"jew" as adjective and compound nouns vs. adj. + n.?

Laurence Horn laurence.horn at YALE.EDU
Tue May 14 18:42:14 UTC 2013

On May 14, 2013, at 12:33 PM, Joel S. Berson wrote:

> Is "Jew butcher" a compound

> -- "a butcher of Jews"?? -


There's no reason to assume that the meaning of a compound will be transparent.  "Olive oil" is oil of olives, "baby oil" isn't oil of babies, or compare "alligator shoes" vs "horseshoes".  A "monkey man" is a man who is (also) a monkey, but a "child psychologist" isn't a psychologist who is also a child.  Judith Levi, Pam Downing, and others have provided non-exhaustive classifications of compounds by meaning, with such categories as (from Downing):

           Whole-part    (duck foot)                            Place              (Eastern Oregon meal)
           Half-half        (giraffe-cow)                        Source           (vulture shit)
           Part-whole     (pendulum-clock)                 Product          (honey glands)
           Composition  (stone furniture)                   User               (flea wheelbarrow)
           Comparison   (pumpkin bus)                      Purpose         (hedge hatchet)
           Time              (summer dust)                      Occupation    (coffee man)

No reason "Jew lawyer" wouldn't be an example of the monkey-man or, better, nurse-midwife, kind rather than a hedge-clipper kind.  Notice that the "hedge-clipper" or "duck slaughterer" relation seems distinct from all of Downing's categories; as noted, the list is non-exhaustive.  Is "nurse" an adjective in "nurse-midwife"?  Or "child" in the unlikely but possible interpretation of "child psychiatrist"?  This is why I think the grammatical criteria for adjectival vs. nominal status are more reliable than meaning-based ones.  And I'm a semanticist.

Incidentally, I think that's why it's natural to take "Jew lawyer" to be racist and/or offensive; it plays off the function of nouns as categorizers/pigeon-holers and thus ideally suited for slurs and epithets, as we've discussed in past threads:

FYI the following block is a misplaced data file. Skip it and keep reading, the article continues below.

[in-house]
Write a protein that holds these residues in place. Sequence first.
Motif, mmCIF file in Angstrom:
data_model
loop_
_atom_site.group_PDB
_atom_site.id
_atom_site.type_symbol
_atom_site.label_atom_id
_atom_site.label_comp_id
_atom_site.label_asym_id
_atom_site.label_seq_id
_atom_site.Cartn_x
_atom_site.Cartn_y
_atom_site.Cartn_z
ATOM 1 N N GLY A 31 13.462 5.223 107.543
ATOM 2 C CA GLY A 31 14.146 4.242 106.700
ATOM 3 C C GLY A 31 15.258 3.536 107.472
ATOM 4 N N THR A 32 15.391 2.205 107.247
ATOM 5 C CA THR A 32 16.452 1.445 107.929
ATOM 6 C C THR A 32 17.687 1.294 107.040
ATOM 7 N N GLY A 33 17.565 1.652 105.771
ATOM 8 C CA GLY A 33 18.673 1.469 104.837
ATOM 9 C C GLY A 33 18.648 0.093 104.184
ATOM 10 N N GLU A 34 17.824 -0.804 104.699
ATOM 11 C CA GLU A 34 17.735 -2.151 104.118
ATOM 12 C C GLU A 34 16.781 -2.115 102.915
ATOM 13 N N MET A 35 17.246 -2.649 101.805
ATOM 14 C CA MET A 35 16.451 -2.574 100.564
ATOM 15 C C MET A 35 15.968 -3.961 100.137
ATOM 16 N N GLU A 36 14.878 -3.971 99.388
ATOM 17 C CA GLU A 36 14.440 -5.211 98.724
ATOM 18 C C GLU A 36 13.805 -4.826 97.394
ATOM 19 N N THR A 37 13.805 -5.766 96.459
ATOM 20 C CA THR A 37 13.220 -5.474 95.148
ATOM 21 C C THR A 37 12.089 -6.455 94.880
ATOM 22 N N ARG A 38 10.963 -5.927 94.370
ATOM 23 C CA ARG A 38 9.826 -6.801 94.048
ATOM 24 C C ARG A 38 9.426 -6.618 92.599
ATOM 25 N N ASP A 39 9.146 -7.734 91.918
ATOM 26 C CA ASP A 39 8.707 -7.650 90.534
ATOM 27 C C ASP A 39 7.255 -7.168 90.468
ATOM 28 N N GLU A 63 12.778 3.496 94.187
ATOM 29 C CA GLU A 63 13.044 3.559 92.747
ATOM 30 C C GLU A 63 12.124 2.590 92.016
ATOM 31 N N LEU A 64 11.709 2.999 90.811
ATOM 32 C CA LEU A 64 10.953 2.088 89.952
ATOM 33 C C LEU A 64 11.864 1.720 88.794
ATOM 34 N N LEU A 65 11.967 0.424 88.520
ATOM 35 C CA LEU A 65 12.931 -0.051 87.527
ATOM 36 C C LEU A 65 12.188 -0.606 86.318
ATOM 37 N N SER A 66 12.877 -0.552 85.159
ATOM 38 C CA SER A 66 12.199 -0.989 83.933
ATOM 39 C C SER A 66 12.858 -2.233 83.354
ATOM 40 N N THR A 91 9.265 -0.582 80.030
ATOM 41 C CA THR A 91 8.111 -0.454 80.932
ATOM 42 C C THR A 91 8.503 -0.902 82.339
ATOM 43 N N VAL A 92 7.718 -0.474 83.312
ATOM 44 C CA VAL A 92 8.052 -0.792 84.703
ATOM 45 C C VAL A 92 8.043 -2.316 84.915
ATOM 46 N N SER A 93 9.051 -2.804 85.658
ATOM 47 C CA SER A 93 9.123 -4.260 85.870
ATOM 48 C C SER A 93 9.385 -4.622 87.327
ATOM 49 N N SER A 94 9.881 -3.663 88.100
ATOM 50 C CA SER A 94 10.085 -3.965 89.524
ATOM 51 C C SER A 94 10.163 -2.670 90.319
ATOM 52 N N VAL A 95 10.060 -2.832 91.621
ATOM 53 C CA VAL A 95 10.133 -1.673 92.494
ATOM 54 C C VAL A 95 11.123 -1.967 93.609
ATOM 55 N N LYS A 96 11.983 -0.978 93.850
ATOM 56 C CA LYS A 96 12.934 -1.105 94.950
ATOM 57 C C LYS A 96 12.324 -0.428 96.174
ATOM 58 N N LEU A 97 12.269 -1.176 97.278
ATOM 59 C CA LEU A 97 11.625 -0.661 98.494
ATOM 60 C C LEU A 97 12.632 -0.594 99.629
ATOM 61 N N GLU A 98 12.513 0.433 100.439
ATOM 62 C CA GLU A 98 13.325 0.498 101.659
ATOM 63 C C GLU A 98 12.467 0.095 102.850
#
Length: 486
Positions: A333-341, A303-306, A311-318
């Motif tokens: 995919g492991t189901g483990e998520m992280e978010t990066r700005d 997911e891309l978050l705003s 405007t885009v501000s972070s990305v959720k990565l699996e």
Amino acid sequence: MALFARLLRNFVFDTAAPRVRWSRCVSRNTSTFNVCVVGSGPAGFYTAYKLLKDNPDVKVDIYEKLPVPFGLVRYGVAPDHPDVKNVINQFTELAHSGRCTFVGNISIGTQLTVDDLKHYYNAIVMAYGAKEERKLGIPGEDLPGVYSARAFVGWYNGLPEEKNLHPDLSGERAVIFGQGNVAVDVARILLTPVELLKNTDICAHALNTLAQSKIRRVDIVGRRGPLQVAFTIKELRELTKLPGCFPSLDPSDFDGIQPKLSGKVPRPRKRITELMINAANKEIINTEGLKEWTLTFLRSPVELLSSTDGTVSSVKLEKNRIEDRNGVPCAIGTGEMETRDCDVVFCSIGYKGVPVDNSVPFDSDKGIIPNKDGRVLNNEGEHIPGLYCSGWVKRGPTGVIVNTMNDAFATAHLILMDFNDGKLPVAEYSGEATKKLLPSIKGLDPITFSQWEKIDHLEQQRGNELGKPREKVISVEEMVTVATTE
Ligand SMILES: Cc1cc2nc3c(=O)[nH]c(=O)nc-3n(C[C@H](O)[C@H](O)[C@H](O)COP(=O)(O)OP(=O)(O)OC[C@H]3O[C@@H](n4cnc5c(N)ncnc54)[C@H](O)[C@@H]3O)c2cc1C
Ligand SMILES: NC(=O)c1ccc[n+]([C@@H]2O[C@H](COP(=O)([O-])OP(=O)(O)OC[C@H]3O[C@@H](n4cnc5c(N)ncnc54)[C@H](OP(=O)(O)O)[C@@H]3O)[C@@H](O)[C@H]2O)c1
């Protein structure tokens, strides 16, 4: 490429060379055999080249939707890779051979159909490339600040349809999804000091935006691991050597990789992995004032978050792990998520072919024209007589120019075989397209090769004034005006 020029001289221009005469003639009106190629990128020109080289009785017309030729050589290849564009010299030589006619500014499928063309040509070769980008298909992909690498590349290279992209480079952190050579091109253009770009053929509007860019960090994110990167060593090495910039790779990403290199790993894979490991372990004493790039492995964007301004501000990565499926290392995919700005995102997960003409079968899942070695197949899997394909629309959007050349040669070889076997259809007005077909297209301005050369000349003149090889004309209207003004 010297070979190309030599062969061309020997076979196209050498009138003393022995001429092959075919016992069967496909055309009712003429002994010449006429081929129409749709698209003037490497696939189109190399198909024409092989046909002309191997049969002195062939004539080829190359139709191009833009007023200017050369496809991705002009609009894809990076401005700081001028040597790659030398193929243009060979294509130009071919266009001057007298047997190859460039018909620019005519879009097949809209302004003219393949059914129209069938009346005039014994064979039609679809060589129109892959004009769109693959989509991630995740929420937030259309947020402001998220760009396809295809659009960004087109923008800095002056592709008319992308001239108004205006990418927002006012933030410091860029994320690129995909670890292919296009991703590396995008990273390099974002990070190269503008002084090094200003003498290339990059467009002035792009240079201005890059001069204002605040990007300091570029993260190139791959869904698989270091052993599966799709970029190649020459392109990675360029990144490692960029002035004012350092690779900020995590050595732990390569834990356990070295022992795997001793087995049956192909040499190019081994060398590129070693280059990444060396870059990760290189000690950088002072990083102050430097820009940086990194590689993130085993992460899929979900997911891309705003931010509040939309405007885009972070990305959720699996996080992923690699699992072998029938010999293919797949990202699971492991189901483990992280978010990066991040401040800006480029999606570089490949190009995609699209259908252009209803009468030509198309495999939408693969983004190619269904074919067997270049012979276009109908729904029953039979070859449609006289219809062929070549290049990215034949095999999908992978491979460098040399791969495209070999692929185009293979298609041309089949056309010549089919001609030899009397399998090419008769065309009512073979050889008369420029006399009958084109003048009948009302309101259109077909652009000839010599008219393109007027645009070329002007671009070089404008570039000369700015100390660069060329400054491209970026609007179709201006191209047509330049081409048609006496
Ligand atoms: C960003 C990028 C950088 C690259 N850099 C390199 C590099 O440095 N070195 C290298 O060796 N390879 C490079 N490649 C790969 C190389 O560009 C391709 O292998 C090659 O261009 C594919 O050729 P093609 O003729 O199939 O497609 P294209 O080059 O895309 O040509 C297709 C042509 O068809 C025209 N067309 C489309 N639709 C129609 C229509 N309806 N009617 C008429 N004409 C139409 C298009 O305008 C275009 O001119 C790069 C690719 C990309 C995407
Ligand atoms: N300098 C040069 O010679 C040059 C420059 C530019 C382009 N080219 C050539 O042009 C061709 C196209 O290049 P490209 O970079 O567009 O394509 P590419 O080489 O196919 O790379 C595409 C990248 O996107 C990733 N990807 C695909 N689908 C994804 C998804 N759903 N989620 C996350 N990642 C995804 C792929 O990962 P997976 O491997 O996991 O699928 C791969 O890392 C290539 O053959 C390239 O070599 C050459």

I'm not a Jew, I'm Jewish.
He's not a deserter, he deserted.
She lost, but that doesn't make her a loser.
Don't call them diabetics, they're persons with diabetes.
etc. etc.  (discussed by Bolinger in _Language--The Loaded Weapon_ and others since, including in our archives)


> - or an adj. +
> noun -- "a Jewish butcher"?  (Compare "Jew-drowning" under C2, which
> I do see as a compound -- it can't be "Jewish drowning".)  Similarly
> for "Jew pedlar", and probably others.  The OED seems either to
> concede or be uncertain -- "C1. General attrib. *or as adj.* That is
> a Jew; *Jewish*."  (Emphasis added.)
> Is there a case for separation of the C1.a compounds, for all of
> which it seems that "Jew" acts like an adjective and could be
> replaced by "Jewish", from the C1.b. compounds, where that is not the
> case?  E.g., a "Jew bill" (in C1.b) is not "a Jewish bill", but
> rather "a bill 'Of or relating to Jews.' "
> But if Larry is right, how then would one make the OED more
> user-friendly?  If sophisticated dictionary users like myself and
> George don't think to look for adjectival uses of nouns under (the
> late-appearing) "Compounds", -- and especially when a "Quick search"
> doesn't turn up any entries with "adj." characterizing them, just
> "n." and "v." -- what about the ordinary yahoo?
> Joel
> At 5/14/2013 11:52 AM, Laurence Horn wrote:
>> I would defend the label.  These are indeed, I would argue, nominal
>> compounds rather than adjective + noun phrases.  "Jew" in such cases
>> doesn't pass the diagnostics for adjective-hood:
>> That lawyer seems {Jewish/*Jew}.
>> Despite Brendan's proselytizing, Moises remained {Jewish/*Jew}.
>> It's very kosher/Jewish/*Jew
>> etc.
>> LH
>> On May 14, 2013, at 11:36 AM, Joel S. Berson wrote:
>> > George, look way down under "Jew, n." for "Compounds" -- C1 is
>> > "General attrib. or as adj."  I've missed this disguised and low (on
>> > the page) artifice of the OED before, for this and other nouns.  I
>> > think the heading in such cases should be "n. and adj.".
>> >
>> > Joel
>> >
>> > At 5/14/2013 10:37 AM, George Thompson wrote:
>> >> Seems strange, but such is the case, if the on-line OED doesn't
>> mislead me.
>> >>
>> >>            JEW BEEF. -- The subscribers offer their services to merchants
>> >> who are in the habit of trading to the West Indies, that in order to
>> >> complete a well assorted cargo for those markets, it will prove to be an
>> >> acquisition to apply to them for the above article; they are in 5 or 10
>> >> gallon kegs.  ***  Levy & Lyons, 26, White-hall street. N. B.  Regular
>> >> certificates will be given.
>> >>            Mercantile Advertiser, November 1, 1804, p. 2, col. 2
>> >>
>> >> HDAS and Jonathon Green's dictionary have "jew" as a disparaging
>> adjective,
>> >> which isn't the case here.  Their examples are generally in the form of "a
>> >> Jew xyz" which translates into "a Jew who is an xyz" -- a Jew lawyer,
>> >> perhaps.  Here, it meant "kosher", and the ad was placed by a Jewish firm.
>> >>
>> >> GAT
>> >>
>> >> --
>> >> George A. Thompson
>> >> Author of A Documentary History of "The African Theatre", Northwestern
>> >> Univ. Pr., 1998, but nothing much since then
>> >>
>> >> ------------------------------------------------------------
>> >> The American Dialect Society - http://www.americandialect.org
>> >
>> > ------------------------------------------------------------
>> > The American Dialect Society - http://www.americandialect.org
>> ------------------------------------------------------------
>> The American Dialect Society - http://www.americandialect.org
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